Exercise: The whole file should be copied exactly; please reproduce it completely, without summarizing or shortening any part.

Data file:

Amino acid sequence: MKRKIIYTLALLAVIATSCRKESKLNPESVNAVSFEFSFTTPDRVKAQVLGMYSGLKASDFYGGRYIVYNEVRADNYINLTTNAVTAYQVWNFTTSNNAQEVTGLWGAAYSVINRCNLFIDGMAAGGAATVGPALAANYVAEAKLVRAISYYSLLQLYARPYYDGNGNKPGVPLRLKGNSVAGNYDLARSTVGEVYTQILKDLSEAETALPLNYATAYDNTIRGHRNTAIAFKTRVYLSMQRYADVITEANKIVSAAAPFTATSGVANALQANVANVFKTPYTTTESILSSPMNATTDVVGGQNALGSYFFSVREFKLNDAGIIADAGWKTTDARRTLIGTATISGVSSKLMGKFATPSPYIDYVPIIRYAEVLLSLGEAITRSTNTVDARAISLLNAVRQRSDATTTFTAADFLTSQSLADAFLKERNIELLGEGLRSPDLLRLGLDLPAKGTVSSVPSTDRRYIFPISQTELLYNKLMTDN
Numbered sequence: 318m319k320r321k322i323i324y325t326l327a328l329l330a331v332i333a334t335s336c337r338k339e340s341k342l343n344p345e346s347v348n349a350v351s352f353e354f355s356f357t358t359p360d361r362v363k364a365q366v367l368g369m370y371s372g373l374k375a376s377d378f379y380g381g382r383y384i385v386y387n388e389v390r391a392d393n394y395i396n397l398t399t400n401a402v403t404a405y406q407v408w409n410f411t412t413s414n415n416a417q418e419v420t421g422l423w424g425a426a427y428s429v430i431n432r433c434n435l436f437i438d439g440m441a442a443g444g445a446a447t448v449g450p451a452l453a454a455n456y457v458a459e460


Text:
Amino acid sequence: MKRKIIYTLALLAVIATSCRKESKLNPESVNAVSFEFSFTTPDRVKAQVLGMYSGLKASDFYGGRYIVYNEVRADNYINLTTNAVTAYQVWNFTTSNNAQEVTGLWGAAYSVINRCNLFIDGMAAGGAATVGPALAANYVAEAKLVRAISYYSLLQLYARPYYDGNGNKPGVPLRLKGNSVAGNYDLARSTVGEVYTQILKDLSEAETALPLNYATAYDNTIRGHRNTAIAFKTRVYLSMQRYADVITEANKIVSAAAPFTATSGVANALQANVANVFKTPYTTTESILSSPMNATTDVVGGQNALGSYFFSVREFKLNDAGIIADAGWKTTDARRTLIGTATISGVSSKLMGKFATPSPYIDYVPIIRYAEVLLSLGEAITRSTNTVDARAISLLNAVRQRSDATTTFTAADFLTSQSLADAFLKERNIELLGEGLRSPDLLRLGLDLPAKGTVSSVPSTDRRYIFPISQTELLYNKLMTDN
Numbered sequence: 318m319k320r321k322i323i324y325t326l327a328l329l330a331v332i333a334t335s336c337r338k339e340s341k342l343n344p345e346s347v348n349a350v351s352f353e354f355s356f357t358t359p360d361r362v363k364a365q366v367l368g369m370y371s372g373l374k375a376s377d378f379y380g381g382r383y384i385v386y387n388e389v390r391a392d393n394y395i396n397l398t399t400n401a402v403t404a405y406q407v408w409n410f411t412t413s414n415n416a417q418e419v420t421g422l423w424g425a426a427y428s429v430i431n432r433c434n435l436f437i438d439g440m441a442a443g444g445a446a447t448v449g450p451a452l453a454a455n456y457v458a459e460